In Double Vision, Linc has to decode messages to find this dangerous artifact (you’ll have to read the book to know what that artifact is…). Codes and ciphers are all around us—just look at traffic signs, and other symbols that give us information without using words. But those codes aren’t really secret.
Secret codes are still used by agents today—and you can learn how to hide messages to your friends by using codes too. Want to know how? Stick around…
Before we start, the most important thing to know about codes is that in order to decipher them, you have to know the key (like unlocking a box). Without the key, you can only guess, or try to crack the code by figuring out this key.
Hobo Signs in Double Vision
Did you read in Double Vision how Linc had to decode that hobo sign? Hobo signs are a type of pictograph (that means a picture sign) that were used by people who'd hitch rides on railroad cars.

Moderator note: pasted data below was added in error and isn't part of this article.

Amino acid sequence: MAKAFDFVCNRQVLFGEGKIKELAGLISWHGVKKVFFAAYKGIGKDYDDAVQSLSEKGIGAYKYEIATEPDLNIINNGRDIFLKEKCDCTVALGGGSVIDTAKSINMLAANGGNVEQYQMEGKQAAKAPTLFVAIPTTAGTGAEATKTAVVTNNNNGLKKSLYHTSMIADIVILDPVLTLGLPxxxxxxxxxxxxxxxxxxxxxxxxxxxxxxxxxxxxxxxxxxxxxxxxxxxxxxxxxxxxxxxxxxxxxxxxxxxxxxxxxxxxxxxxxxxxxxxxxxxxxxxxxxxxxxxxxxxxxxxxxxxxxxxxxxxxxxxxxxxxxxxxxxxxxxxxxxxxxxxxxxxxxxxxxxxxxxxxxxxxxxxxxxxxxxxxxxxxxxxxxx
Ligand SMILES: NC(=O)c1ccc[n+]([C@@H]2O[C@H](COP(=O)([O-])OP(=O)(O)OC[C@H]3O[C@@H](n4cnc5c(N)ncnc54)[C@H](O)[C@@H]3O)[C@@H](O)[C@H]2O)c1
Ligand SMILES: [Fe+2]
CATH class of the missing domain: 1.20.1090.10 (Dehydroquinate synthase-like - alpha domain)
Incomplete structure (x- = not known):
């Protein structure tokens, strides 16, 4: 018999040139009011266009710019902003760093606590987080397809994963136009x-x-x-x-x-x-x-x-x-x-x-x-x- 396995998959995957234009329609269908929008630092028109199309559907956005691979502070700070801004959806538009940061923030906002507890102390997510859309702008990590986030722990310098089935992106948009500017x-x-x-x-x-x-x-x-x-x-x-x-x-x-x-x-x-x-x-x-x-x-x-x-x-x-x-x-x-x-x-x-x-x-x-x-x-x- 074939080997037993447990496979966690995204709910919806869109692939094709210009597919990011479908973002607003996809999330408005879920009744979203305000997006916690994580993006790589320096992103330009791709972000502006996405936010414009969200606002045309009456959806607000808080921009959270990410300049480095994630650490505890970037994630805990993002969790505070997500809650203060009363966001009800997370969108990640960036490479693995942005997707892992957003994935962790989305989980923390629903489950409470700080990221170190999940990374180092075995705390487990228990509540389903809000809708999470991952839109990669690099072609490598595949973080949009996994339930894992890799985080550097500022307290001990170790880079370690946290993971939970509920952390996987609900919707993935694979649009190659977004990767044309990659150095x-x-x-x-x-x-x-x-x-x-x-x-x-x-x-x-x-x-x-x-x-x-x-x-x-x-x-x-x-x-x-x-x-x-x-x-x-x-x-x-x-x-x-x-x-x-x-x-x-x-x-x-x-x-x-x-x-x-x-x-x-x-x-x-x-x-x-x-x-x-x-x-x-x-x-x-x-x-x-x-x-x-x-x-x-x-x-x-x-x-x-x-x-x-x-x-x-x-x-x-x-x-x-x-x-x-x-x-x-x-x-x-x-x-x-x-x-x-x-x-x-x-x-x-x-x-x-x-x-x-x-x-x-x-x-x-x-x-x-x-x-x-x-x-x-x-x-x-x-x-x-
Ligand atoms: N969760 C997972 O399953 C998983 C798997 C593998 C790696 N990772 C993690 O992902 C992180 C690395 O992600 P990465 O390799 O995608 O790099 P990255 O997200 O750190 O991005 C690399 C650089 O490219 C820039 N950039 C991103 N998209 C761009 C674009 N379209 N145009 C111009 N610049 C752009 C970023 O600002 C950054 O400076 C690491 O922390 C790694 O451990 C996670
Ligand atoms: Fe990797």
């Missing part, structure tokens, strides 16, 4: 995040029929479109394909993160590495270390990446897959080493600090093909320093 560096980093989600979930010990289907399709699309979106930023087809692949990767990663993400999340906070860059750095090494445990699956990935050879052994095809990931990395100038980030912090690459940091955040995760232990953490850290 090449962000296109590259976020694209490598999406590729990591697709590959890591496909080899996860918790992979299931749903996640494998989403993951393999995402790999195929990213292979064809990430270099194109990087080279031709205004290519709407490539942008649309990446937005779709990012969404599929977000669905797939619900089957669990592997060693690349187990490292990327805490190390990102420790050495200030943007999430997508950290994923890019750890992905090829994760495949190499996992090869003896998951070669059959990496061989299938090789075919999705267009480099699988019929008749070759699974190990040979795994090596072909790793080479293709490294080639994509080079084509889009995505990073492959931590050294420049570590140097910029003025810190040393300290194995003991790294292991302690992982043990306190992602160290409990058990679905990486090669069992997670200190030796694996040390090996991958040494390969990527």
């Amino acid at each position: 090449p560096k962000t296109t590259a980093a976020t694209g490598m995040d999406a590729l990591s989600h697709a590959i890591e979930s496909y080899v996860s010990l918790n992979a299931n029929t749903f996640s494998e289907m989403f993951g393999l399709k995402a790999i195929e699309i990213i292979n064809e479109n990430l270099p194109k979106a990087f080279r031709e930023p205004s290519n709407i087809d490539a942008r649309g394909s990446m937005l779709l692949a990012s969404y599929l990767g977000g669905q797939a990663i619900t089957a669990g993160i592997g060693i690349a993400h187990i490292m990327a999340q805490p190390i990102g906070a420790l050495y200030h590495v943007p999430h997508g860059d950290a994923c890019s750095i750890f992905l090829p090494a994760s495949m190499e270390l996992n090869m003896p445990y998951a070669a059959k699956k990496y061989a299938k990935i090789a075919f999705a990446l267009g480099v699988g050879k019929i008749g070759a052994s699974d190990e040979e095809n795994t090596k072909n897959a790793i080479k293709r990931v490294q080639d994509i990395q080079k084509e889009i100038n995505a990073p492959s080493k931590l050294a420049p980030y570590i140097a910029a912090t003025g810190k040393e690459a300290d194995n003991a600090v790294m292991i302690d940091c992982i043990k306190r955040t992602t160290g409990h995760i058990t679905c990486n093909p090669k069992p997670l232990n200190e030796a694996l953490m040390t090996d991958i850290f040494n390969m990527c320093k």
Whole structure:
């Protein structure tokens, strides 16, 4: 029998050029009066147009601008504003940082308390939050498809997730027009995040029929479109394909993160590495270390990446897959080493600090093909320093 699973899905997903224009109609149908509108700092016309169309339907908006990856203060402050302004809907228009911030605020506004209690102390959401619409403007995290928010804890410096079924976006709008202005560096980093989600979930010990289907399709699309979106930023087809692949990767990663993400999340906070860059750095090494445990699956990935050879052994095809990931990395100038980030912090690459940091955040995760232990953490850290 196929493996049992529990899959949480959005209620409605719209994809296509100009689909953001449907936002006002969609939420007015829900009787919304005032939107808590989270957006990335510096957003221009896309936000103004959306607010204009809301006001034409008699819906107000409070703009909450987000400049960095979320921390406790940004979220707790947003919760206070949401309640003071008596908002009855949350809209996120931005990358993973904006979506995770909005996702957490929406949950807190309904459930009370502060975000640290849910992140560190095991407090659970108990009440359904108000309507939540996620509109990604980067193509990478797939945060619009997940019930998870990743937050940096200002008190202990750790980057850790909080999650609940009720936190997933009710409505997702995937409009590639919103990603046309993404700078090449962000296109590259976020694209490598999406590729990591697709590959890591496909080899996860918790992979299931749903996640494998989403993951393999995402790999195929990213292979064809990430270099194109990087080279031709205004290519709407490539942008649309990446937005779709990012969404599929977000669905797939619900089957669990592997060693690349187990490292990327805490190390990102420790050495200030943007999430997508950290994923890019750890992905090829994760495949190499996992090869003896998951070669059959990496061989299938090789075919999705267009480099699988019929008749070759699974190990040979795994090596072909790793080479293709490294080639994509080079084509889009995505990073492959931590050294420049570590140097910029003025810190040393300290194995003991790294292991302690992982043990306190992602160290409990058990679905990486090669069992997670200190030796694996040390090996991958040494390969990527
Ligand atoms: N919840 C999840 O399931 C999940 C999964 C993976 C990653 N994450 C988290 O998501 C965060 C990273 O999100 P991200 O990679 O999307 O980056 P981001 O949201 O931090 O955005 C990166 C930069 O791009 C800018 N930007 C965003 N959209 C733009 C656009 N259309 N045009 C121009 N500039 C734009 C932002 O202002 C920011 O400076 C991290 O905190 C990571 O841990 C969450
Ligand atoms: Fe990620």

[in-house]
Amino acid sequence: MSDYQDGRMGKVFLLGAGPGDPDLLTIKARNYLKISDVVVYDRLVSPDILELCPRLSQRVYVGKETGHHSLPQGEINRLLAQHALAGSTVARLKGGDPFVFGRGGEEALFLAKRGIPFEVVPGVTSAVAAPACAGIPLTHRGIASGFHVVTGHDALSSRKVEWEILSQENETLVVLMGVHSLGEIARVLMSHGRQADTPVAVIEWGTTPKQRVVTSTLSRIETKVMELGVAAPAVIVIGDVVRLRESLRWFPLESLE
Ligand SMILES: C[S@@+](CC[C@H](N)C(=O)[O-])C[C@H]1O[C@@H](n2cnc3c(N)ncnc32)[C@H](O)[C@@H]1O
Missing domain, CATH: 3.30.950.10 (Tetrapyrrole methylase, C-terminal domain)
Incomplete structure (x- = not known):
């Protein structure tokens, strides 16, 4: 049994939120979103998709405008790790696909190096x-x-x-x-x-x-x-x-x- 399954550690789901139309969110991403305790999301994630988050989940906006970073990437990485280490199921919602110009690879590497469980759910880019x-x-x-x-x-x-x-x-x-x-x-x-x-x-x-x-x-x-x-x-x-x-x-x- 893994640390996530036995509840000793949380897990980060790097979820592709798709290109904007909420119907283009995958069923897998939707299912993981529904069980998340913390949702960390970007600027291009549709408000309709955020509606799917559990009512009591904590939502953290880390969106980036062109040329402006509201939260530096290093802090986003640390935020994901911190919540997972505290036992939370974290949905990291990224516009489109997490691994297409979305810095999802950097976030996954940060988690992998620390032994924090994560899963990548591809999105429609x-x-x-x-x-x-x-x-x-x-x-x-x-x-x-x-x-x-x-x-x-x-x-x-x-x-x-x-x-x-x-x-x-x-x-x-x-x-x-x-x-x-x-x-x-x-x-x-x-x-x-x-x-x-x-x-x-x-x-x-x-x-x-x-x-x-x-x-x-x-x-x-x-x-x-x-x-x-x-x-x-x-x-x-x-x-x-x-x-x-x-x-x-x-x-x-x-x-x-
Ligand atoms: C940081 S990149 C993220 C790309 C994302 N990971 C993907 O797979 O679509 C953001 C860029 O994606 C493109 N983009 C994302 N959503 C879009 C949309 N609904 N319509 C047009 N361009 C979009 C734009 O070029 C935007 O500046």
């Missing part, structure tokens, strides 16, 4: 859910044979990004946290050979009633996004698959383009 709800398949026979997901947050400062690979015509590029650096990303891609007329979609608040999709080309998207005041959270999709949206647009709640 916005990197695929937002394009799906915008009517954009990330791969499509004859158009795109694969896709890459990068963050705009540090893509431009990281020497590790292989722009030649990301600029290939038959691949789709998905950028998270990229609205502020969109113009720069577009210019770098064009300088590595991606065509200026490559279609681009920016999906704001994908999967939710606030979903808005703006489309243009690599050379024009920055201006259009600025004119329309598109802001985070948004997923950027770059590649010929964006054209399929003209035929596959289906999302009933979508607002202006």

A cat means 'a kind lady lives here'; look here for more information on hobo signs.
Can you think of ways you could use hobo signs to communicate with your friends (use sidewalk chalk, not a Sharpie...)
No code is unbreakable, but sometimes the key gets lost (don’t you hate it when that happens?). Codes that no one has been able to decipher are the Beale Cipher, and the KRYPTOS sculpture—it sits outside the CIA headquarters, and still has portions of code that no one has been able to crack.
Codecracking Games Online
Think you have what it takes to crack a code? Check out these cool games for codebreakers like you…
Making your own code
Want to create a code to send secret messages to your friends? The easiest way (aside from pig-Latin, which is way too easy to crack) is to create a quick code system for words you use a lot.
Linc’s house: L
Sam’s house: S
Play Racing Mania: RM
After School: AS
So if Linc wanted to tell Sam he’s coming over to Sam’s house to play Racing Mania after school, the code would be SRMAS.
For more ideas on different types of codes, be sure to read Double Vision. You can learn how to decode messages right along with Linc.
Or check out this book on codes just for kids called Top Secret: A Handbook of Codes and Ciphers by Paul B. Janeczko